Take his latest interview with Air Force Magazine's Daily Report. In it he once again shows how, at the highest levels of the service, there is an alternate tanker reality.
Wynne thinks the service should be meaner to losers of procurement competitions:
Excessively kind language, he said, leads the losers to think they only lost by a hair. In the KC-X tanker competition, “We should have been harsher on the loser,” Wynne said during an interview July 28. However, the service refrained from frank comments. Instead of writing a " 'We don’t want you memo' " to Boeing after it lost to Northrop Grumman, the service crafted a " 'We like you, but you didn’t win' memo," Wynne said. “I just don’t think the write-up was harsh enough.” Boeing was apparently emboldened by the perceived narrow miss to launch its protest, which has put the coveted tanker contract back up for grabs.From where we stand Boeing was emboldened because they could tell Air Force procurement personnel did not follow the RFP, were duplicitous in their discussions during the competition, and some even sold their integrity to spin public opinion against a Boeing protest. Also, the GAO decision revealed the competition was close; so we wonder how harsh Wynne could have made his comments.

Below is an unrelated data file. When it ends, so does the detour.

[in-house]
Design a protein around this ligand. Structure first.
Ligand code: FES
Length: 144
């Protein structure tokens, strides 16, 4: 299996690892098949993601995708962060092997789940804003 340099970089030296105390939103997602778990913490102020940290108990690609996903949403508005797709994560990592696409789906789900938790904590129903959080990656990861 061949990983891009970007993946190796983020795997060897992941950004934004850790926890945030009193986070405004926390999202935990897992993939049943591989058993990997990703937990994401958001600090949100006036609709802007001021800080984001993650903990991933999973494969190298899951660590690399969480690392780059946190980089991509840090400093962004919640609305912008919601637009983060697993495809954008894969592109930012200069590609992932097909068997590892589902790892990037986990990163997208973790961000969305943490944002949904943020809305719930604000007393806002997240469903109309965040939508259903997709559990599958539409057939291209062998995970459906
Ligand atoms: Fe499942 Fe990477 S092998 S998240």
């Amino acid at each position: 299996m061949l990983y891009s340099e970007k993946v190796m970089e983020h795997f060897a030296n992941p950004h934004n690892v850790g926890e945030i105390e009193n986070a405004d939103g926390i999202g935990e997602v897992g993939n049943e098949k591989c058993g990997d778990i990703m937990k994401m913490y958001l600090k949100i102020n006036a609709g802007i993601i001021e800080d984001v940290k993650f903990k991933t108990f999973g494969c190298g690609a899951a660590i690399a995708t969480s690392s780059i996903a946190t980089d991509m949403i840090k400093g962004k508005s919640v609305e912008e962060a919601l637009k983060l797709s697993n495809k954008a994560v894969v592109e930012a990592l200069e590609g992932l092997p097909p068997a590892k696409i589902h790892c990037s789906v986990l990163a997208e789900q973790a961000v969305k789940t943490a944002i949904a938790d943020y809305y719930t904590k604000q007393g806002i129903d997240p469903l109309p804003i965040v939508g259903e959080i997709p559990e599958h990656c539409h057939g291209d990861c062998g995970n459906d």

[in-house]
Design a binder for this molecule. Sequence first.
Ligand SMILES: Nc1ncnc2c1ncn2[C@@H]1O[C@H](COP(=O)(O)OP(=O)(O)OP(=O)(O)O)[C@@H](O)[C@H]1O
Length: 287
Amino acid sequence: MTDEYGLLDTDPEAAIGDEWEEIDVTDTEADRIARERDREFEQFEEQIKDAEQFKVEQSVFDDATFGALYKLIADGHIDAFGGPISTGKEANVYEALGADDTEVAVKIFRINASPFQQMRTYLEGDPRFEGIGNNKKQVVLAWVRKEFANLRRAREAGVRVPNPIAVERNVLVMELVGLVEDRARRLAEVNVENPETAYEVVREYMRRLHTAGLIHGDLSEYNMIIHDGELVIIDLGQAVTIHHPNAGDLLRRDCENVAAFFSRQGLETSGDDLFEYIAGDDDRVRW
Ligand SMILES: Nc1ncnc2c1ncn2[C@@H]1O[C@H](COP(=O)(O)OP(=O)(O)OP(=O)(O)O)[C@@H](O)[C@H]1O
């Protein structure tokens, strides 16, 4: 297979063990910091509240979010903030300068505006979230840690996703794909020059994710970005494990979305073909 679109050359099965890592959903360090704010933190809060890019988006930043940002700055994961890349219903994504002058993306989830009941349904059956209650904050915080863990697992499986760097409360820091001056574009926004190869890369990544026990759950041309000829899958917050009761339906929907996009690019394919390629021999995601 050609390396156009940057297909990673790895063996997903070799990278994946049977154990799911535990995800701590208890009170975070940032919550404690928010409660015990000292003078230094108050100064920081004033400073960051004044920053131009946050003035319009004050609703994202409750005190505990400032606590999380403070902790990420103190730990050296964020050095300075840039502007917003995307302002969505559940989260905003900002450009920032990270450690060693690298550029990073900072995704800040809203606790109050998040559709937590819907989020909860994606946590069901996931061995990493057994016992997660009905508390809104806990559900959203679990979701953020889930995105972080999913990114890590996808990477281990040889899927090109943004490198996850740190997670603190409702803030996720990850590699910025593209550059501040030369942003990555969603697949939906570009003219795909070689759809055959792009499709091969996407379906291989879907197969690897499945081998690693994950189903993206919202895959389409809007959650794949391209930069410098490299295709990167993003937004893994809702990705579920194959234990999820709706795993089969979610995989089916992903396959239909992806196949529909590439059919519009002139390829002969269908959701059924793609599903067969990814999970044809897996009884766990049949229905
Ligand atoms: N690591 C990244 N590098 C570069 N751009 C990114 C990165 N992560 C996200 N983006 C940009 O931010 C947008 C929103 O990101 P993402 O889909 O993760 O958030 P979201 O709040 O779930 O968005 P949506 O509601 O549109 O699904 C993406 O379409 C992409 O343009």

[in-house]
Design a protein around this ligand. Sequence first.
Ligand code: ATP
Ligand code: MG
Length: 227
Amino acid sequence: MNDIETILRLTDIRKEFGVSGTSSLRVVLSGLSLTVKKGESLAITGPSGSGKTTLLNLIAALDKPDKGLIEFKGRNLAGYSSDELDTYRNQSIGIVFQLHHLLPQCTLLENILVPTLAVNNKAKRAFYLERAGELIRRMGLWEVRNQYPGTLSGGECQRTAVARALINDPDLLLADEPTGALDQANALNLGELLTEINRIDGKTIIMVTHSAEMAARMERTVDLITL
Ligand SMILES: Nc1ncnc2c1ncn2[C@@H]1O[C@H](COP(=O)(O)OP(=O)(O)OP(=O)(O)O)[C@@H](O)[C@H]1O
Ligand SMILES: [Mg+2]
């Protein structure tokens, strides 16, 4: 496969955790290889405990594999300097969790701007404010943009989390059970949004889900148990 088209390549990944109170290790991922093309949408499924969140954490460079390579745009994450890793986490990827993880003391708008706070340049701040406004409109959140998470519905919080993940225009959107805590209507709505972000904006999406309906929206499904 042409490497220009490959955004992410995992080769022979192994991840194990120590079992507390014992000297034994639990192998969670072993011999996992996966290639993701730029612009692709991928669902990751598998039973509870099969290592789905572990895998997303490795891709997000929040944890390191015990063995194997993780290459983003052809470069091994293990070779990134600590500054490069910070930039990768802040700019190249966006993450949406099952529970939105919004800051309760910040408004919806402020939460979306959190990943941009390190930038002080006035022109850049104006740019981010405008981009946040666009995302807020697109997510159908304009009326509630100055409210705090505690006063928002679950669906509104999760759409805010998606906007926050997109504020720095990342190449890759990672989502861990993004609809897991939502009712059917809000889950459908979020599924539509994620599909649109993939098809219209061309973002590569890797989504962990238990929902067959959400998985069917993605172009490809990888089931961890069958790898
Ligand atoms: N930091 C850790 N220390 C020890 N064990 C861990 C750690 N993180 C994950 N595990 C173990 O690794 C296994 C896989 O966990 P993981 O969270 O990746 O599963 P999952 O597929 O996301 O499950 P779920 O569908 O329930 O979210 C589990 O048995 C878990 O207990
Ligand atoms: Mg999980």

They say hindsight is 20/20, but in Wynne's case it seems to be blind to reality.
[Note: After 30 July the article link will be broken. You must visit the Daily Report archives and pull up the July 30th edition to retrieve it.]